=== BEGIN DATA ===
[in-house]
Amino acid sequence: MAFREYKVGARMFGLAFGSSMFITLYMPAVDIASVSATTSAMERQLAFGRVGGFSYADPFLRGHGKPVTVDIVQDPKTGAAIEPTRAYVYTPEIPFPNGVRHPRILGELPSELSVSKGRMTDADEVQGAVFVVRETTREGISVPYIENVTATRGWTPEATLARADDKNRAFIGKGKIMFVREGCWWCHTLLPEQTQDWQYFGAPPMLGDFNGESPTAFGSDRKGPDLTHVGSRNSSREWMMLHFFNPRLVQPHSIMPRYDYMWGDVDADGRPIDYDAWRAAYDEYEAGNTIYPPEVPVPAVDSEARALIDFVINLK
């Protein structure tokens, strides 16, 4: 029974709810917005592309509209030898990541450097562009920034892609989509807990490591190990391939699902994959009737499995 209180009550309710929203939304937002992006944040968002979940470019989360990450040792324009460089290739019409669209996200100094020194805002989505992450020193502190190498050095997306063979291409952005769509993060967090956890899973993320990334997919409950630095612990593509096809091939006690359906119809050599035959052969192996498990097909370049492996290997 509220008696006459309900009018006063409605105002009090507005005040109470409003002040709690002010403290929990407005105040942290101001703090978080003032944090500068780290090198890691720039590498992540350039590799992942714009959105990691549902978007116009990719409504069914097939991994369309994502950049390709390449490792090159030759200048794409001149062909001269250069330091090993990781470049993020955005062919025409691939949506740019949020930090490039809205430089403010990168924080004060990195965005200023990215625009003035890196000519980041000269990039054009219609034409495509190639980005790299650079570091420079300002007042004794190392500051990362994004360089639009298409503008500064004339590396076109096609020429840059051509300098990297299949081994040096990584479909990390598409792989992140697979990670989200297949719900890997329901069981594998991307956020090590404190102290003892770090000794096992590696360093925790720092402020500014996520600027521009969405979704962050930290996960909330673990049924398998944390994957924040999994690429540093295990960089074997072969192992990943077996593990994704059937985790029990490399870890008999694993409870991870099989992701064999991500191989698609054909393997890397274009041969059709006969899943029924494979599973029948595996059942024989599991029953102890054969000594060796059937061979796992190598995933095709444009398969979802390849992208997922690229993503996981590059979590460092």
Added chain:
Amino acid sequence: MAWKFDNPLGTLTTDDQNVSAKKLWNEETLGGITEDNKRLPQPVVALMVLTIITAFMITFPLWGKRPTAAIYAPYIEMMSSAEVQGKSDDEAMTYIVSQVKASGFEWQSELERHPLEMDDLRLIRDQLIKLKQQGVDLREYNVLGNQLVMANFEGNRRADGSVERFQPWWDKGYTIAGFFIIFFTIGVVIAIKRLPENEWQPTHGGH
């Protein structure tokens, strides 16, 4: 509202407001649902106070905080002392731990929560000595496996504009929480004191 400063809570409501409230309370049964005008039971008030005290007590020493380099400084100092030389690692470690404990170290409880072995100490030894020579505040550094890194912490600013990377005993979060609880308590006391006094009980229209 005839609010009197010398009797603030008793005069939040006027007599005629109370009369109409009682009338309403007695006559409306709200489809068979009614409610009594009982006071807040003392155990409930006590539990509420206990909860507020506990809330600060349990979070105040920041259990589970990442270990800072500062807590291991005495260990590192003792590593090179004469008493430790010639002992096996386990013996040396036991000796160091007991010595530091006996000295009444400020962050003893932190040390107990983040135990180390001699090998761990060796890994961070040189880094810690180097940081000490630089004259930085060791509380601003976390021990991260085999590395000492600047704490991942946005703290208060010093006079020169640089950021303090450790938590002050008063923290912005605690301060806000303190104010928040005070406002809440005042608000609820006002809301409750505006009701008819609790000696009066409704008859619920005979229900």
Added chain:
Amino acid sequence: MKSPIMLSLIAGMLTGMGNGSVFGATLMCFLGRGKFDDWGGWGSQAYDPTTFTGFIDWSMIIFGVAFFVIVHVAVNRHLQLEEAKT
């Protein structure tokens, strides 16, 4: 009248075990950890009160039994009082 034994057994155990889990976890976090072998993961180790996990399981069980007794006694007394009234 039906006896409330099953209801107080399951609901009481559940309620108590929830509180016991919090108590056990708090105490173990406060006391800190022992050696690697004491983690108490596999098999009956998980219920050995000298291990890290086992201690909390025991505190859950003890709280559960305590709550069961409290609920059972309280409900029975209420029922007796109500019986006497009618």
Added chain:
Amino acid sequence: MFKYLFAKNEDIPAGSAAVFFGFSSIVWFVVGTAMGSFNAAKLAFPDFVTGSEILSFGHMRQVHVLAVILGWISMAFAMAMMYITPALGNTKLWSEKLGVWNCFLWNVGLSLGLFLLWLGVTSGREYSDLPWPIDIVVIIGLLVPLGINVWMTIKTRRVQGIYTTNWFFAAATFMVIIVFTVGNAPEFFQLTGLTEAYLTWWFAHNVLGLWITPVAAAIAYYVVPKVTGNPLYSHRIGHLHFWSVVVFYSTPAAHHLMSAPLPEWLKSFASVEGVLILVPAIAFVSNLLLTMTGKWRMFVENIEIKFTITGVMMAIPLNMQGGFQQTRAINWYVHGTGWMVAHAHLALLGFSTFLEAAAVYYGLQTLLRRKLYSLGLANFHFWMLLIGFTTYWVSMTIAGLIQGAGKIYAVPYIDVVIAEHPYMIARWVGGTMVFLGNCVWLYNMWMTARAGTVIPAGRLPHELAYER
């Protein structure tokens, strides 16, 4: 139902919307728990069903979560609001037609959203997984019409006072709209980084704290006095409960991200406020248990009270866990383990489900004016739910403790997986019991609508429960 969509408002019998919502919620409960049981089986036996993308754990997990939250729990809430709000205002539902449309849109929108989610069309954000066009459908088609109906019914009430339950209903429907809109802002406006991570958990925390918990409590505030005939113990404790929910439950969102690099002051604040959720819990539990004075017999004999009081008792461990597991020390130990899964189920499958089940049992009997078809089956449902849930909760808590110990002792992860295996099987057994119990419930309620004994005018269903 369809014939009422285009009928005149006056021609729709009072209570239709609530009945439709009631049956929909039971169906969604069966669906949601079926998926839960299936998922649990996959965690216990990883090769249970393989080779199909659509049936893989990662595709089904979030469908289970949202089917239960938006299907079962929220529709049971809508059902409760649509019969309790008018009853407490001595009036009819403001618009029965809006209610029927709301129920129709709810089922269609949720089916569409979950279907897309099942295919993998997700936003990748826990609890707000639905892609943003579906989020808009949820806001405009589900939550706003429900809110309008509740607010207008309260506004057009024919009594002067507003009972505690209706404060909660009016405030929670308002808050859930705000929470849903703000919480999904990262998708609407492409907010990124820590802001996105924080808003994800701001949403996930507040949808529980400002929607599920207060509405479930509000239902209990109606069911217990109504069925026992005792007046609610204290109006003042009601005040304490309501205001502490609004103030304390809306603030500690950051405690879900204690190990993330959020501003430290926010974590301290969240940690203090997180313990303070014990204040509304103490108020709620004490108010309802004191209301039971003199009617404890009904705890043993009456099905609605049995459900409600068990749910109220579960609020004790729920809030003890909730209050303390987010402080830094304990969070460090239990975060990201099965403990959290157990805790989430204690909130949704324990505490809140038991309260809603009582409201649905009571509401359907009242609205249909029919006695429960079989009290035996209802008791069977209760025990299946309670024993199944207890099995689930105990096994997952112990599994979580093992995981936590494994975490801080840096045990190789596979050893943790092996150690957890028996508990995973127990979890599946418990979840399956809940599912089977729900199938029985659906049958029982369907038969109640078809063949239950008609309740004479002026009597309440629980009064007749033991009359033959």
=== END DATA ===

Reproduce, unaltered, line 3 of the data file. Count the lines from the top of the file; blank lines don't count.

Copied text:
């Protein structure tokens, strides 16, 4: 029974709810917005592309509209030898990541450097562009920034892609989509807990490591190990391939699902994959009737499995 209180009550309710929203939304937002992006944040968002979940470019989360990450040792324009460089290739019409669209996200100094020194805002989505992450020193502190190498050095997306063979291409952005769509993060967090956890899973993320990334997919409950630095612990593509096809091939006690359906119809050599035959052969192996498990097909370049492996290997 509220008696006459309900009018006063409605105002009090507005005040109470409003002040709690002010403290929990407005105040942290101001703090978080003032944090500068780290090198890691720039590498992540350039590799992942714009959105990691549902978007116009990719409504069914097939991994369309994502950049390709390449490792090159030759200048794409001149062909001269250069330091090993990781470049993020955005062919025409691939949506740019949020930090490039809205430089403010990168924080004060990195965005200023990215625009003035890196000519980041000269990039054009219609034409495509190639980005790299650079570091420079300002007042004794190392500051990362994004360089639009298409503008500064004339590396076109096609020429840059051509300098990297299949081994040096990584479909990390598409792989992140697979990670989200297949719900890997329901069981594998991307956020090590404190102290003892770090000794096992590696360093925790720092402020500014996520600027521009969405979704962050930290996960909330673990049924398998944390994957924040999994690429540093295990960089074997072969192992990943077996593990994704059937985790029990490399870890008999694993409870991870099989992701064999991500191989698609054909393997890397274009041969059709006969899943029924494979599973029948595996059942024989599991029953102890054969000594060796059937061979796992190598995933095709444009398969979802390849992208997922690229993503996981590059979590460092």